BLY, Ore. — The nation’s largest wildfire raged through southern Oregon on Friday but crews were scaling back some night operations as hard work and weaker winds helped reduce the spread of flames even as wildfires continued to threaten homes in neighboring California.
The Bootleg Fire, which has destroyed an area half the size of Rhode Island, was 40% surrounded after burning some 70 homes, mainly cabins, fire officials said.
At least 2,000 homes were ordered evacuated at some point during the fire and an additional 5,000 were threatened.
The upper eastern edge of the blaze continued to move toward Summer Lake, jumping fire lines on Thursday and prompting an evacuation order for some portions of Lake County to be raised to “go now!” fire officials said.
Winds up to 10 mph (16 kph) could drive the flames through timber but not at the pace seen last week, when the wind-driven blaze grew exponentially, fire information officer Angela Goldman said.
The fire, which was sparked by lightning, had been expanding by up to 4 miles (6 kilometers) a day, pushed by strong winds and critically dry weather.
There was good news on the lower portion of the 625-square-mile (1,619-square-kilometer) blaze. Crews had locked in containment lines and on the lower southeastern side, crews were able to gain a substantial foothold, allowing them to cut back to nighttime patrols from what had been a “24-7 run-and-gun” fight, fire information officer Sarah Gracey said.
“For us, that’s a pretty big step,” she said. “It’s not that easy to work in a pitch-black forest in the middle of the night.”
On Friday, authorities said they would be keeping an eye on changing wind conditions throughout the day.
“The fire continues to throw challenges at us, and we are going to continue to stay vigilant, work hard, and adapt,” Joe Hessel, incident commander for the Oregon Department of Forestry Incident Management Team, said in a statement.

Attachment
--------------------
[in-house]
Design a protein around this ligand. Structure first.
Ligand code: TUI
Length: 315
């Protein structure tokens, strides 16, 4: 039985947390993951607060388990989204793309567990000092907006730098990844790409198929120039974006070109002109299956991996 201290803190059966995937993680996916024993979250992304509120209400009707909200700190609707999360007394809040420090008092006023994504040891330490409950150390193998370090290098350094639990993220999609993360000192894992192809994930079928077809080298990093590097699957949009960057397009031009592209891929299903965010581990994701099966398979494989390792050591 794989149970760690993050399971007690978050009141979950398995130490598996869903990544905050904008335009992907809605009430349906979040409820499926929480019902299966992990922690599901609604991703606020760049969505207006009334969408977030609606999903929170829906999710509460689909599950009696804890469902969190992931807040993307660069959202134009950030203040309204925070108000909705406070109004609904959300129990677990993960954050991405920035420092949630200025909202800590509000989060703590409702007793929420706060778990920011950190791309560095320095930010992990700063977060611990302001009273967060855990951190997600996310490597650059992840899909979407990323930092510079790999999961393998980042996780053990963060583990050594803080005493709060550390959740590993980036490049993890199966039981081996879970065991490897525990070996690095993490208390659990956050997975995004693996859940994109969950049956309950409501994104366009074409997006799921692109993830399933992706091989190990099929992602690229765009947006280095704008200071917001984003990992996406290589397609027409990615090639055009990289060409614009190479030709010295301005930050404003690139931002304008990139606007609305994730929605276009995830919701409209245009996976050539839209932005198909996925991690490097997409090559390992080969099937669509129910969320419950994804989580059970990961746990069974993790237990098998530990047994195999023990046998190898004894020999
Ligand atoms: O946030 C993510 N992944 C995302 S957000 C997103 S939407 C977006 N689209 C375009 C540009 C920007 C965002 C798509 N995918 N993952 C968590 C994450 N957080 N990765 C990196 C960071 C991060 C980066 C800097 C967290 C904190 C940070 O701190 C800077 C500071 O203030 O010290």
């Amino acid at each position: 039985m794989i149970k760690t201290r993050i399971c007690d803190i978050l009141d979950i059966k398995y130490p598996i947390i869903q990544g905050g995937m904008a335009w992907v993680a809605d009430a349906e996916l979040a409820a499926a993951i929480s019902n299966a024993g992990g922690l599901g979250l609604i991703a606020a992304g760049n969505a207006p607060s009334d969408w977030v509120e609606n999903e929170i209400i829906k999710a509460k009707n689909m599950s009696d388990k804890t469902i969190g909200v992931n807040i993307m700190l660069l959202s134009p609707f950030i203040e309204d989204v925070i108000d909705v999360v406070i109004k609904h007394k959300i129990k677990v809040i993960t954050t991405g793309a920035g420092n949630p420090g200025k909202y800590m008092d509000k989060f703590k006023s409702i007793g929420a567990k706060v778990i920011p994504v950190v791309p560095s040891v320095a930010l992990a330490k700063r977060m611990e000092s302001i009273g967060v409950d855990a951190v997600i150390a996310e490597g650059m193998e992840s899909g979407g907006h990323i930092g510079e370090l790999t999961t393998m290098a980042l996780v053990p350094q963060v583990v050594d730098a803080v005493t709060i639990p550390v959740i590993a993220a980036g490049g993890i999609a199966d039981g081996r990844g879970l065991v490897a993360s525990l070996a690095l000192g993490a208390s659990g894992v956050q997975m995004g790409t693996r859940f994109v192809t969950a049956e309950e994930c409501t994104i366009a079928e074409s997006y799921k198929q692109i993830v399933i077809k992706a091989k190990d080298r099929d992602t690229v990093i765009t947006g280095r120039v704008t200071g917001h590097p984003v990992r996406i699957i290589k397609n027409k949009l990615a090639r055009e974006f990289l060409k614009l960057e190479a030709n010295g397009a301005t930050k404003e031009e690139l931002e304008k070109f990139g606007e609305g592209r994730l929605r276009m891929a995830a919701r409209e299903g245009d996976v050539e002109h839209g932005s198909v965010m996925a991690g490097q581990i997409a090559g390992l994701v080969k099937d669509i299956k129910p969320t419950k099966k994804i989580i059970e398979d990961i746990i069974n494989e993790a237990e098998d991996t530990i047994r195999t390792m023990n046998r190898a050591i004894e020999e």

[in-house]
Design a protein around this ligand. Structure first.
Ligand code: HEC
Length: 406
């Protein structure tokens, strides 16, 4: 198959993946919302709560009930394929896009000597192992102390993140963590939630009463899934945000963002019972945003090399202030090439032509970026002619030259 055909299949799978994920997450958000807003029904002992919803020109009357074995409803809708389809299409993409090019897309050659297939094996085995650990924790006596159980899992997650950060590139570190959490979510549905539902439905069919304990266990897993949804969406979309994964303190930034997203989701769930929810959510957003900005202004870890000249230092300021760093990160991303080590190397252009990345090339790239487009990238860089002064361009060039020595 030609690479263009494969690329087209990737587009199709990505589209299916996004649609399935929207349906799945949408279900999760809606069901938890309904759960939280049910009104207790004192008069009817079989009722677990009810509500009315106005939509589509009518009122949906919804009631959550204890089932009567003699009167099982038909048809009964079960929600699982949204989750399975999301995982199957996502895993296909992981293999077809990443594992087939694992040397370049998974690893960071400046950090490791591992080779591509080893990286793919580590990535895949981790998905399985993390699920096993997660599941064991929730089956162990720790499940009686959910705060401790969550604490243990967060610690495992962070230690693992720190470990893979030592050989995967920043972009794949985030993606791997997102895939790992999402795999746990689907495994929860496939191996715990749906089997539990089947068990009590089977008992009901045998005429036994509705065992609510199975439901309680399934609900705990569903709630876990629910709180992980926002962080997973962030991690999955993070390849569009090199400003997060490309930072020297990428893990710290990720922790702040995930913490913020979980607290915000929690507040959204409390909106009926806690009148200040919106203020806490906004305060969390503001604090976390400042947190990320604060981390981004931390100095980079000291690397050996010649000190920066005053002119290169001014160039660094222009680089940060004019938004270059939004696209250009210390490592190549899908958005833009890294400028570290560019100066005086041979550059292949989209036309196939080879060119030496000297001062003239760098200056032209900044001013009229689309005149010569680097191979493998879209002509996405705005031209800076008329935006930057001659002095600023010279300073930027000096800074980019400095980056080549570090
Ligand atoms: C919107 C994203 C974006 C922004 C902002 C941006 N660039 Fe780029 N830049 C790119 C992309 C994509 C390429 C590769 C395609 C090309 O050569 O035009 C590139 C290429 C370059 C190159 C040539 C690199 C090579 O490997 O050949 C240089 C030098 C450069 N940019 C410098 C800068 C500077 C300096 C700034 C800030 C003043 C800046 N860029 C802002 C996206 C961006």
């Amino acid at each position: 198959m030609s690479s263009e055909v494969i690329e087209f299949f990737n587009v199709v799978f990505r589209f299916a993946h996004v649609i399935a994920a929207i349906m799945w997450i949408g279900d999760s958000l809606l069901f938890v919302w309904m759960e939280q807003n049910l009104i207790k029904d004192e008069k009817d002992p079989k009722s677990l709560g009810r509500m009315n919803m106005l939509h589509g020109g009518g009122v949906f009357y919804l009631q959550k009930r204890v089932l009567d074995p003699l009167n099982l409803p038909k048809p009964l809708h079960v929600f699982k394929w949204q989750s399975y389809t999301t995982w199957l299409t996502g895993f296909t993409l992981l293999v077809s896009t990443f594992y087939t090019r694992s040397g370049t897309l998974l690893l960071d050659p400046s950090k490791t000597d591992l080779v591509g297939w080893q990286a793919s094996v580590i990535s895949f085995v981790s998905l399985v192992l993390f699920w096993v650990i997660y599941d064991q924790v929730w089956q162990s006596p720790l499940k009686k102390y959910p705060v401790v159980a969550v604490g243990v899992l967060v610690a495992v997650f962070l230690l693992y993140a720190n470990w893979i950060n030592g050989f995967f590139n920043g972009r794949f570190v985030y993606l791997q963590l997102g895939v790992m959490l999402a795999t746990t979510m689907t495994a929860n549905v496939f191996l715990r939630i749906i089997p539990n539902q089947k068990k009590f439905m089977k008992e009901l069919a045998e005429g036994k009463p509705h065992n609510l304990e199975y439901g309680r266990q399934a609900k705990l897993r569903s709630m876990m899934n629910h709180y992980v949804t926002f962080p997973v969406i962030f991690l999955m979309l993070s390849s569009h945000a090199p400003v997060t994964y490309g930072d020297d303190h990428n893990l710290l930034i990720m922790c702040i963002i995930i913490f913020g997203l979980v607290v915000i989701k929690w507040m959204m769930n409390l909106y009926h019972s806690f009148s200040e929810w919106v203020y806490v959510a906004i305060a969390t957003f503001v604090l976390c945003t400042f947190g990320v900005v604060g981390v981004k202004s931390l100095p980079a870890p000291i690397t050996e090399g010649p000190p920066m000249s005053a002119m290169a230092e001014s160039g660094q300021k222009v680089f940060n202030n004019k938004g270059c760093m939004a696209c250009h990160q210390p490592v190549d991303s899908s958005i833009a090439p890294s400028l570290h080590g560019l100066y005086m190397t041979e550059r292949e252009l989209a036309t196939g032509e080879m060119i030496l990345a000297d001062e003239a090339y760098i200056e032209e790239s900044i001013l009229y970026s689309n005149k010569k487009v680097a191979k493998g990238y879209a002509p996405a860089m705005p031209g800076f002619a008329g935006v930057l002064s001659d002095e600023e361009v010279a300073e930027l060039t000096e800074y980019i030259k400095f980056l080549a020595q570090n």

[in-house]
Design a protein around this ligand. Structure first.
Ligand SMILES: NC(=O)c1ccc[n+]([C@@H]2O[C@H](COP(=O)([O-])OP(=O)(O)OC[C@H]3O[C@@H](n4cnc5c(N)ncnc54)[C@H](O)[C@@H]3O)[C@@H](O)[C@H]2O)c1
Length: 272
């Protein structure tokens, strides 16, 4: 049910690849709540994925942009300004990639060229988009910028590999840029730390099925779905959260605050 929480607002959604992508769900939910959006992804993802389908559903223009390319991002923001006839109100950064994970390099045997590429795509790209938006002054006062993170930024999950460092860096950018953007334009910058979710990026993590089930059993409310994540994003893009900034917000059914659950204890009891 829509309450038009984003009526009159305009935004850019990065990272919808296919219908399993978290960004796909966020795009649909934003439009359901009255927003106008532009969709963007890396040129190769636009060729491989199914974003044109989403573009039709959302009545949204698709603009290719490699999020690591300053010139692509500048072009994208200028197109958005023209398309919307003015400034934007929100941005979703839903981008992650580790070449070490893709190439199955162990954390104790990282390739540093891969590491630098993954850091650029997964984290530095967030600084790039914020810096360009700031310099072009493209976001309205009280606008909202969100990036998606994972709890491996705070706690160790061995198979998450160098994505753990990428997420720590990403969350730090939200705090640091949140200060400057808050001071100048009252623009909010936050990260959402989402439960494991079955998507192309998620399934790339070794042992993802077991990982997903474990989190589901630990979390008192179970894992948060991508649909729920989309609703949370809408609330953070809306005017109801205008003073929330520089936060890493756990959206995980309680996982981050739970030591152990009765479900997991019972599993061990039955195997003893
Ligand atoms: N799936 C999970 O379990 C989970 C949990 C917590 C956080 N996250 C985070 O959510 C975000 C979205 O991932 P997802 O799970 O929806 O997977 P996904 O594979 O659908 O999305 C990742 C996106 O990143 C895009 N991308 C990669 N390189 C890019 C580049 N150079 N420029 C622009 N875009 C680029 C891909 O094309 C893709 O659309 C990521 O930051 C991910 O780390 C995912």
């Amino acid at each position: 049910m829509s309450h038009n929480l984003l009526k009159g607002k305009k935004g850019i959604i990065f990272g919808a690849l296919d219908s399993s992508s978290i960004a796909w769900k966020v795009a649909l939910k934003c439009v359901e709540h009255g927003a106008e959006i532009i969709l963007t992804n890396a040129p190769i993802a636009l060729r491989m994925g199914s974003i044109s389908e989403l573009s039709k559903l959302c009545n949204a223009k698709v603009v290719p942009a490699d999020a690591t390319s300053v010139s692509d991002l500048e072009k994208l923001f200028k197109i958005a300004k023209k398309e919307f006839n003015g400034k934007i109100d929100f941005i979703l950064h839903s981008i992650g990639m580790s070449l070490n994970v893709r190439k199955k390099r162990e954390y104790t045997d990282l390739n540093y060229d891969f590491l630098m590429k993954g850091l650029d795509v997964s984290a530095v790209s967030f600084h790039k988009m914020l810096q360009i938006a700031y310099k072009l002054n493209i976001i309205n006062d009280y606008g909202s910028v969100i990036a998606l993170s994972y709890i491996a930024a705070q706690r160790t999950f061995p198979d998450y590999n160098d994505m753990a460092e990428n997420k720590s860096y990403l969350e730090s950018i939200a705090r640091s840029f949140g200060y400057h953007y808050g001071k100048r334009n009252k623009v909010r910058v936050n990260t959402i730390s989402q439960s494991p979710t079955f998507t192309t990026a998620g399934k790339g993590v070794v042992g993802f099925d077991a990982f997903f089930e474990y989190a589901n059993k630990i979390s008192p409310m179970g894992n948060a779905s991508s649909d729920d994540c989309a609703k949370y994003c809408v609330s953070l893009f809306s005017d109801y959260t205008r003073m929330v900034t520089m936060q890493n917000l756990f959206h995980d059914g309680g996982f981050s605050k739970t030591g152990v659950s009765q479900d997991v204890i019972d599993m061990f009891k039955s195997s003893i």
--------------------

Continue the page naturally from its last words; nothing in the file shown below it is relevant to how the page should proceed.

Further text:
That side of the blaze also had burned into an area blackened by a previous fire, creating gaps in the fuel and reducing the spread of flames through grass, shrub and timber, Gracey said.
In California, the Tamarack Fire south of Lake Tahoe had burned more than 78 square miles (202 square kilometers) of timber and head-high chaparral in national forest land. It erupted July 4 and was one of nearly two dozen blazes sparked by lightning strikes.
The fire in Alpine County has destroyed at least 10 buildings. Fire officials expected active or extreme fire behavior on Friday because of afternoon gusts and temperatures approaching 90 degrees Fahrenheit (32 degrees Celsius).
Blowing embers from flames ignited a new spot fire Thursday afternoon that jumped the highway north of Topaz Lake on the California-Nevada line, prompting a new evacuation order at Topaz Lake Estates and neighboring areas.
The fire was less than a mile from the estates, a community of around 1,200 people in Douglas County, Nevada.
“Firefighters on the ground and aircraft continue to battle the growing spot under exceptionally difficult weather and fuel condition,” the Humboldt-Toiyabe National Forest said in an update.
It estimated the new blaze already had burned nearly 4 square miles (10 square kilometers).
Mandatory evacuation orders were issued Thursday in Plumas County in the Sierra Nevada west of the Nevada line as the Dixie Fire continued to grow explosively eastward, becoming California’s largest wildfire so far this year.
“This fire is outpacing us at moments,” Shannon Prather, the incident commander, said Thursday evening.
The fire had burned more than 223 square miles (577 square kilometers) as of Friday morning, destroyed at least eight buildings and threatened at least 1,500 more, fire officials said.
Gov. Gavin Newsom’s office announced Thursday evening that the California Department of Forestry and Fire Protection acquired 12 additional firefighting aircraft and nine were immediately dispatched to fires. Cal Fire now has more than 60 airplanes and helicopters.
Extremely dry conditions and recent heat waves tied to climate change have made wildfires harder to fight. Climate change has made the West much warmer and drier in the past 30 years and will continue to make weather more extreme and wildfires more frequent and destructive.
Associated Press videographer Haven Daly contributed from Gardnerville, Nevada.